The U.S. announced $5 million for information leading to his capture, dead or alive. In June, midway through the anti-Taliban operations in Swat, Pakistan declared Beithullah the countrys enemy no. 1 and offered a Rs.50-million bounty for his capture. By then, the country was also awash with conspiracy theories that Beithullah was an Indian agent and that he was bent on destabilising Pakistan at the behest of the Indian intelligence agencies, which were providing him both money and arms.

The Pakistan Army began talking of an operation in South Waziristan, similar to the one in Swat, and when two former aides of Beithullah turned against him, giving interviews to the effect that he was an Indian agent, it was clear that the government was propping them up and preparing the ground for an imminent attack on his tribal stronghold.

Even at that stage, Beithullah seemed to be more than a match for the government. He made short work of Qari Zainuddin, one of the two pro-government Taliban militants speaking out against him. That sent the other one, Turkistan Bhittani, underground. The Pakistan Armys plans to take the battle into South Waziristan seemed to have been put on the back burner. The American media reported that once again it seemed as if the Pakistan Army might do a peace deal with Beithullah.

His apparent death in the August 5 air strike is seen as the result of intelligence cooperation between Pakistan and the U.S. Such cooperation has long been reported as an important element of the increasingly precise drone attacks even though Pakistans public posture is one of censure and condemnation of the U.S. policy of carrying out missile strikes inside its territory.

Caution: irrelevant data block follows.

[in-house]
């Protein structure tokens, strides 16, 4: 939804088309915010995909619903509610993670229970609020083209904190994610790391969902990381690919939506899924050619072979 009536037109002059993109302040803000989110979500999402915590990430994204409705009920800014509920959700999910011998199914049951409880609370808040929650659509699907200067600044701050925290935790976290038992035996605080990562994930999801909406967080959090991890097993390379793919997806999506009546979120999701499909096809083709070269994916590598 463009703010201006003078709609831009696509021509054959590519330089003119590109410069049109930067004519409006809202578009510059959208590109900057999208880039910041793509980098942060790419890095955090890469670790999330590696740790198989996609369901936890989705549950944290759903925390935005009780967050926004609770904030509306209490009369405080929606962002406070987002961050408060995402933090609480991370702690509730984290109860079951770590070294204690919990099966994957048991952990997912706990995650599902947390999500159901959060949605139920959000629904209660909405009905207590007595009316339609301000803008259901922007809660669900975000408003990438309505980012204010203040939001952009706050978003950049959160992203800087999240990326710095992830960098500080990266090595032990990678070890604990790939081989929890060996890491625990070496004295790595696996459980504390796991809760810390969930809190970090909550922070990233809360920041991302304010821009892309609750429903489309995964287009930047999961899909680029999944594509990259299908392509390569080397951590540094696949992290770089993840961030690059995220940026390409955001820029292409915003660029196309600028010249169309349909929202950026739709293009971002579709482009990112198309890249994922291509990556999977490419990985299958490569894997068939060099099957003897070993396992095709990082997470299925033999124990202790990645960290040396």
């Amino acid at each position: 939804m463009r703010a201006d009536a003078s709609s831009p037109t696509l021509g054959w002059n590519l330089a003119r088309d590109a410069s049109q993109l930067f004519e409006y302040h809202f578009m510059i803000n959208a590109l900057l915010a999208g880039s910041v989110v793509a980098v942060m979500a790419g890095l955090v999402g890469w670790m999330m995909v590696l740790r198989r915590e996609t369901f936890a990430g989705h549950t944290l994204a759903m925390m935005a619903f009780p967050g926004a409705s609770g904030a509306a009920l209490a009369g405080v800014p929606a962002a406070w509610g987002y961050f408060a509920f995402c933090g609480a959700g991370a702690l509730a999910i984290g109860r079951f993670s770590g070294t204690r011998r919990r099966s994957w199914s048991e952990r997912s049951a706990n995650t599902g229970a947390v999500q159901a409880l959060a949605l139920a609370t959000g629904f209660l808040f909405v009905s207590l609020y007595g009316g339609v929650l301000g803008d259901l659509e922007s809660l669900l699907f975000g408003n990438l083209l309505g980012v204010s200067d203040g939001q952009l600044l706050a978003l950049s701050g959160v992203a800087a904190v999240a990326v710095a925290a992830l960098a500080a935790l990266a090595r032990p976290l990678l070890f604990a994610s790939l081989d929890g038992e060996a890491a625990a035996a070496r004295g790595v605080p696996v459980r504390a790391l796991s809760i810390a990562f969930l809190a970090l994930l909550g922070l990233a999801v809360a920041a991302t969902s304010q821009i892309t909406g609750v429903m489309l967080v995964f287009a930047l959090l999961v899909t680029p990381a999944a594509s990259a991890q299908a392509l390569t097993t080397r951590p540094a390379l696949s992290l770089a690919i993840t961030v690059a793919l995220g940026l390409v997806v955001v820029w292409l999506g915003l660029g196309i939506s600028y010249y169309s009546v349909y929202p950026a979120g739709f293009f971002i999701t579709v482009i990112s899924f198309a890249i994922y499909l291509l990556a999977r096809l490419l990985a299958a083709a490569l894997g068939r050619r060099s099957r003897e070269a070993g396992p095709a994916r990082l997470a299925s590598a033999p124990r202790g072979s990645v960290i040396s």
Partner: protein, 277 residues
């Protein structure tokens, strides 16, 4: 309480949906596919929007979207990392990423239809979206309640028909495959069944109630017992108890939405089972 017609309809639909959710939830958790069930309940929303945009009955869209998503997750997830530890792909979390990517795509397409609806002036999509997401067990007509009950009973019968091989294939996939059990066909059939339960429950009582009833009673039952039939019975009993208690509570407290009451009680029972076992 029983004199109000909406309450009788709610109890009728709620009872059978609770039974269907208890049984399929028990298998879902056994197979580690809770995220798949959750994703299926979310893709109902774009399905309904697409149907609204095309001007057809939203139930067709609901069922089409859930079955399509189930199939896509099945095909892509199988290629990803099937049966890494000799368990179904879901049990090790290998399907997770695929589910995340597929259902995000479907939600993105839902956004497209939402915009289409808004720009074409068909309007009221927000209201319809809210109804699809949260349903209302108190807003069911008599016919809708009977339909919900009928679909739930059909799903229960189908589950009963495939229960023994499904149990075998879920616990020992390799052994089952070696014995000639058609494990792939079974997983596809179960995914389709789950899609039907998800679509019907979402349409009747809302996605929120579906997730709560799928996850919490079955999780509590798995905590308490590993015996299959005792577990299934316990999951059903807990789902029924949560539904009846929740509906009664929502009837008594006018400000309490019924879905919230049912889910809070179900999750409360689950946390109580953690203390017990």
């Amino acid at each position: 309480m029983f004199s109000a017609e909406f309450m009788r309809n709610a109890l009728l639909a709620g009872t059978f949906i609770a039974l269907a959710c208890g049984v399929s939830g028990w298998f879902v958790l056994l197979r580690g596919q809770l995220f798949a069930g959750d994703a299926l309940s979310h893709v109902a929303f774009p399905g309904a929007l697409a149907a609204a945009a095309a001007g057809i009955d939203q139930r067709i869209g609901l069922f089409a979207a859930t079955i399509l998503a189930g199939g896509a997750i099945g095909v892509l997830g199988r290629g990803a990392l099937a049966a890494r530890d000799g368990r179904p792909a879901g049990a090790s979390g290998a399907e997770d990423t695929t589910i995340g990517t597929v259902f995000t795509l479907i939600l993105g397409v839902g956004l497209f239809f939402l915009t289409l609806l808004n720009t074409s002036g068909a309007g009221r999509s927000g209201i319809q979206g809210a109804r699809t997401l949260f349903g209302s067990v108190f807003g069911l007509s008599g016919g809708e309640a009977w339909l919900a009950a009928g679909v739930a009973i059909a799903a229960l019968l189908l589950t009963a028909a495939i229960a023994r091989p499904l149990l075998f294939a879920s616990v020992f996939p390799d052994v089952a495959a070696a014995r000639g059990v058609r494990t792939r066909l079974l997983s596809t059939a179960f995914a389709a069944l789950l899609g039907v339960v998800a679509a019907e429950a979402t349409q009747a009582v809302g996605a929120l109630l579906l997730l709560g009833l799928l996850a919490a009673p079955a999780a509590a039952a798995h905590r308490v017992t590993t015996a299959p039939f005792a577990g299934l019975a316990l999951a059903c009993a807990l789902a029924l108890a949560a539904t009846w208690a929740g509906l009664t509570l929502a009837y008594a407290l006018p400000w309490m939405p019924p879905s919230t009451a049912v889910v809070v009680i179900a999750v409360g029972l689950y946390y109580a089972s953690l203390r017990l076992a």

Despite the doubts that surround the death of Beithullah, the news was mostly greeted by terror-weary Pakistanis with some relief. It may even soften the public criticism against the U.S. drone attacks even though Pakistans official position remains opposed to the incursions as counter-productive to the government efforts to combat terrorism, as they tend to increase the anti-American sentiment.

Irrespective of the official position, analysts have predicted that the Pakistan Army will now come under renewed pressure from Washington to strike while the iron is hot the CIA has done Islamabad a favour by taking out the countrys most wanted man; now it is Pakistans turn to launch a ground offensive in South Waziristan, taking advantage of the confusion within the TTP to strike a death blow at the organisation.

Although Interior Minister Malik was emphatic that Pakistan would not rest until it had dismantled the rest of the TTP, there is no indication yet if or when this will happen. One rationale offered in the Pakistani media for not marching into South Waziristan at this moment is that it can end up uniting the Taliban factions that have been fighting one another for supremacy since the reports of Beithullahs death.

But it does seem counter-intuitive to let go of the opportunity that Beithullahs death has presented. If the TTP manages to find an able successor to Beithullah, the organisation may rebuild itself and is certain to come back at the government. However, Holbrooke, on a visit to Pakistan in the second week of August, made it clear that the U.S. was not out to push for an operation in South Waziristan.

That is a decision for the Pakistan government to make and to make alone, he said. Were not going to come here to give tactical advice to the Pakistan Army. They can take care of their problems themselves.

In any case, Beithullahs death is not expected to have any significant impact on the war on terror in Afghanistan, as his activities had focussed on Pakistan over the last two years. For the purposes of the U.S., what will be more relevant is action against the Talibans Haqqani network, headquartered in North Waziristan.